After your morning bath, stroll down to Wiener Platz, a local market place with a charming feel. It’s much like an idyllic 16th century town square with cobblestone streets, trees, wells and a maypole.
As you wander around this historical district, you’ll find plenty of shops, restaurants and cafes where you can have lunch.
Monday – Sunday: 10 am – 4pm
It’s time to head out of town to visit the Nymphenburg Palace (7 km from the centre). You can get there with the S-bahn or the U-bahn:
- S-Bahn (suburban railway) to “Laim”, then bus to “Schloss Nymphenburg”
- U-Bahn (underground) to “Rotkreuzplatz”, then tram to “Schloss Nymphenburg”
This fairytale baroque castle is worth visiting. Not only because of the interior, but there’s also a beautiful park surrounded by lakes and fountains. The castle was built in the early 17th century and houses a number of treasures, stunning ornate décor, majestic halls and luxurious bedrooms.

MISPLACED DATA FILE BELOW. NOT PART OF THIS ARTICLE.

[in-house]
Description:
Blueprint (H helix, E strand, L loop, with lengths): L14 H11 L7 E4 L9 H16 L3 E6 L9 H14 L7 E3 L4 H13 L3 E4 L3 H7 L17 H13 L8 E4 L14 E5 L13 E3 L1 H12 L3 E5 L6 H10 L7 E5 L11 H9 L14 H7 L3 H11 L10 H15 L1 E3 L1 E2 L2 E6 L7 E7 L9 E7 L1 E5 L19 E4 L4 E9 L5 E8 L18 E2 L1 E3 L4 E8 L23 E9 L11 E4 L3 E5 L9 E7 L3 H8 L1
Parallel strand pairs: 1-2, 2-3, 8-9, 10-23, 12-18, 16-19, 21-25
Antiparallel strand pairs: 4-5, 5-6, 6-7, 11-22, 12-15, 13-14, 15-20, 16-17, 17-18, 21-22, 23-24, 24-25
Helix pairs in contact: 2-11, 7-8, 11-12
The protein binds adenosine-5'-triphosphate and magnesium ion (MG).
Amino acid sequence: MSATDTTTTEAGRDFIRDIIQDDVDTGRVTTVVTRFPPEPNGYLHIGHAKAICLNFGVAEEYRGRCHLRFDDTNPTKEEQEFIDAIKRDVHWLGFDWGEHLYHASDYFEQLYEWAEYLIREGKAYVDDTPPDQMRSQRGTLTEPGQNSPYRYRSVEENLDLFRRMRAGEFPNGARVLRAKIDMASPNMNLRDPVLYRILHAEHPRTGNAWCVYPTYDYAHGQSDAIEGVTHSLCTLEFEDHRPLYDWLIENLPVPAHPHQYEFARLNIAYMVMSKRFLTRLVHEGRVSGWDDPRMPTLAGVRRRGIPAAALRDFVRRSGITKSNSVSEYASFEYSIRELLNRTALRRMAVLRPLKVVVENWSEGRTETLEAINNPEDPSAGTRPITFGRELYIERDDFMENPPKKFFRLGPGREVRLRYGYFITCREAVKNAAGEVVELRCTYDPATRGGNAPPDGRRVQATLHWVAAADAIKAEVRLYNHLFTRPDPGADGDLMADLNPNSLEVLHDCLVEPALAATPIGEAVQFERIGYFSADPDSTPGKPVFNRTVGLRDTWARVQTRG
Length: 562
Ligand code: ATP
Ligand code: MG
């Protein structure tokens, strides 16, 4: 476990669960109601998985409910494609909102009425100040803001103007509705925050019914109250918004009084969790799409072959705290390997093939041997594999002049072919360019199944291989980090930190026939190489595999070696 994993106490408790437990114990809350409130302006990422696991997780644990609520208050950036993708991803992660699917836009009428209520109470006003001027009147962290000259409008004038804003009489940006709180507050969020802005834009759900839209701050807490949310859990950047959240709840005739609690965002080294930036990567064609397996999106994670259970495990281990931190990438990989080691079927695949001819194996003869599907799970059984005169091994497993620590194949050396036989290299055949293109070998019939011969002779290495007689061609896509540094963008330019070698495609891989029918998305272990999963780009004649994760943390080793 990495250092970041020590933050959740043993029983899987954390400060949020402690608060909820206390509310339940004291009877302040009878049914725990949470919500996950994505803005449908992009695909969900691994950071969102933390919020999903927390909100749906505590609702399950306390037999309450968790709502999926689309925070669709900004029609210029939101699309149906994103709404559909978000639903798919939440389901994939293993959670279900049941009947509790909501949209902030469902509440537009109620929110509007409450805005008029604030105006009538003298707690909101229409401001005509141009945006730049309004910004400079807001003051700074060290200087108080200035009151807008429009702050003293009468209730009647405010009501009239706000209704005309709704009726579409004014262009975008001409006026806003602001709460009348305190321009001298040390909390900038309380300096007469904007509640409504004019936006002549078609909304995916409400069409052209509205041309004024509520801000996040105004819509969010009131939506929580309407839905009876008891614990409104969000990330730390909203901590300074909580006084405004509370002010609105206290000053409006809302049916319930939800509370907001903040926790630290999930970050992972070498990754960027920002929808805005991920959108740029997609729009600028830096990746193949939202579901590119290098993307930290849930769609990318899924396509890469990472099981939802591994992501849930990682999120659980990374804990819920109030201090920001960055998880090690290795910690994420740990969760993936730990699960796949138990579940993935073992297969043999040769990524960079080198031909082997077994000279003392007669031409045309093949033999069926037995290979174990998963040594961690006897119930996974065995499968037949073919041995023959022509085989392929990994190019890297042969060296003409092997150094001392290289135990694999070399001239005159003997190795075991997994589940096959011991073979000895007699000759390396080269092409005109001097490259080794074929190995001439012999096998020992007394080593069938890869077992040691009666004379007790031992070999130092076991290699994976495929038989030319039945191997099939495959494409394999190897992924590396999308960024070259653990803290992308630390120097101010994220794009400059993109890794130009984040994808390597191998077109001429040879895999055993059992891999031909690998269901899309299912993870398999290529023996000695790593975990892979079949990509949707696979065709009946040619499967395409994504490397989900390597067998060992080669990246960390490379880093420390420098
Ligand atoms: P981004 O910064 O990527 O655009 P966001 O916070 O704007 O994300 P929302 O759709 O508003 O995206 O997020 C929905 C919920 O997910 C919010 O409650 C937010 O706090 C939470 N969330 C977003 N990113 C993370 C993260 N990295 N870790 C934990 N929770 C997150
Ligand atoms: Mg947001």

Beer and schnitzels at Augustiner Bräustuben
That’s it, guys.
There’s only one thing left on your two days in Munich itinerary, and that’s to taste the beer and the schnitzels. And what better place to do that than a traditional German beergarten?
Most tourists go to the popular Hofbräuhaus, but be warned: it’s crowded and touristy. A more off-the-beaten track beergarten is Augustiner Bräustuben that serves great beer and a good atmosphere. Go there instead.
More things to do in Munich
During your two days in Munich, make sure to check out some of the other amazing attractions nearby. I already mention Nuremberg and Bamberg, but my personal favourite was Neuschwanstein Castle – also known as Sleeping Beauty’s castle.
If you have time for a day trip to Neuschwanstein Castle, go– you won’t regret it.
Got any questions about the places to visit in Munich in 2 days? Ask in the comments and I’ll do my best to answer.